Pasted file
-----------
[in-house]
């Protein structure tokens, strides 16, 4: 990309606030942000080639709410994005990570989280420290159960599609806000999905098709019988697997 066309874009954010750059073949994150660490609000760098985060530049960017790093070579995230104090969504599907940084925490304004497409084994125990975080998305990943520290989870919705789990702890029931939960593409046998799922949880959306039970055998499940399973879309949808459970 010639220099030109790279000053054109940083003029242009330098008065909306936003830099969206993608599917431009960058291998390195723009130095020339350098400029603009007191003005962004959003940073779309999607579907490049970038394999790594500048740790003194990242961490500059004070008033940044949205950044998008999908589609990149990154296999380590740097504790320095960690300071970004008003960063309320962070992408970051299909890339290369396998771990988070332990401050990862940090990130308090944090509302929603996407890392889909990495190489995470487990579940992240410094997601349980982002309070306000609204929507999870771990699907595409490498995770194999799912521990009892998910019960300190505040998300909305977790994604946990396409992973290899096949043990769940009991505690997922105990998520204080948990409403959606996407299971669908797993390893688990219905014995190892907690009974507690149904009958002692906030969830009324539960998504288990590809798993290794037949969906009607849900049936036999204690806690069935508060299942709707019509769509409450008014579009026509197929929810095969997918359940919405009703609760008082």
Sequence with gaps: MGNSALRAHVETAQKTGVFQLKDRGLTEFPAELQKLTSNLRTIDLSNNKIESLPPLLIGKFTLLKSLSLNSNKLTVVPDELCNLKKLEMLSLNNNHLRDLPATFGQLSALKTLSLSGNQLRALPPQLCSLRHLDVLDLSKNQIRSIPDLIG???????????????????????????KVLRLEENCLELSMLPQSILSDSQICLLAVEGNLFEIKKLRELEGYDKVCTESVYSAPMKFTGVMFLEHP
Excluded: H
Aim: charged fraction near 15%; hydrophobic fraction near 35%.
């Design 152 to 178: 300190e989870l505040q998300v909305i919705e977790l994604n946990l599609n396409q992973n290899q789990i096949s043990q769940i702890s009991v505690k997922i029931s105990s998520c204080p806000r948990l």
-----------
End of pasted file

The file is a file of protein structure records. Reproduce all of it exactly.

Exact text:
[in-house]
């Protein structure tokens, strides 16, 4: 990309606030942000080639709410994005990570989280420290159960599609806000999905098709019988697997 066309874009954010750059073949994150660490609000760098985060530049960017790093070579995230104090969504599907940084925490304004497409084994125990975080998305990943520290989870919705789990702890029931939960593409046998799922949880959306039970055998499940399973879309949808459970 010639220099030109790279000053054109940083003029242009330098008065909306936003830099969206993608599917431009960058291998390195723009130095020339350098400029603009007191003005962004959003940073779309999607579907490049970038394999790594500048740790003194990242961490500059004070008033940044949205950044998008999908589609990149990154296999380590740097504790320095960690300071970004008003960063309320962070992408970051299909890339290369396998771990988070332990401050990862940090990130308090944090509302929603996407890392889909990495190489995470487990579940992240410094997601349980982002309070306000609204929507999870771990699907595409490498995770194999799912521990009892998910019960300190505040998300909305977790994604946990396409992973290899096949043990769940009991505690997922105990998520204080948990409403959606996407299971669908797993390893688990219905014995190892907690009974507690149904009958002692906030969830009324539960998504288990590809798993290794037949969906009607849900049936036999204690806690069935508060299942709707019509769509409450008014579009026509197929929810095969997918359940919405009703609760008082």
Sequence with gaps: MGNSALRAHVETAQKTGVFQLKDRGLTEFPAELQKLTSNLRTIDLSNNKIESLPPLLIGKFTLLKSLSLNSNKLTVVPDELCNLKKLEMLSLNNNHLRDLPATFGQLSALKTLSLSGNQLRALPPQLCSLRHLDVLDLSKNQIRSIPDLIG???????????????????????????KVLRLEENCLELSMLPQSILSDSQICLLAVEGNLFEIKKLRELEGYDKVCTESVYSAPMKFTGVMFLEHP
Excluded: H
Aim: charged fraction near 15%; hydrophobic fraction near 35%.
């Design 152 to 178: 300190e989870l505040q998300v909305i919705e977790l994604n946990l599609n396409q992973n290899q789990i096949s043990q769940i702890s009991v505690k997922i029931s105990s998520c204080p806000r948990l």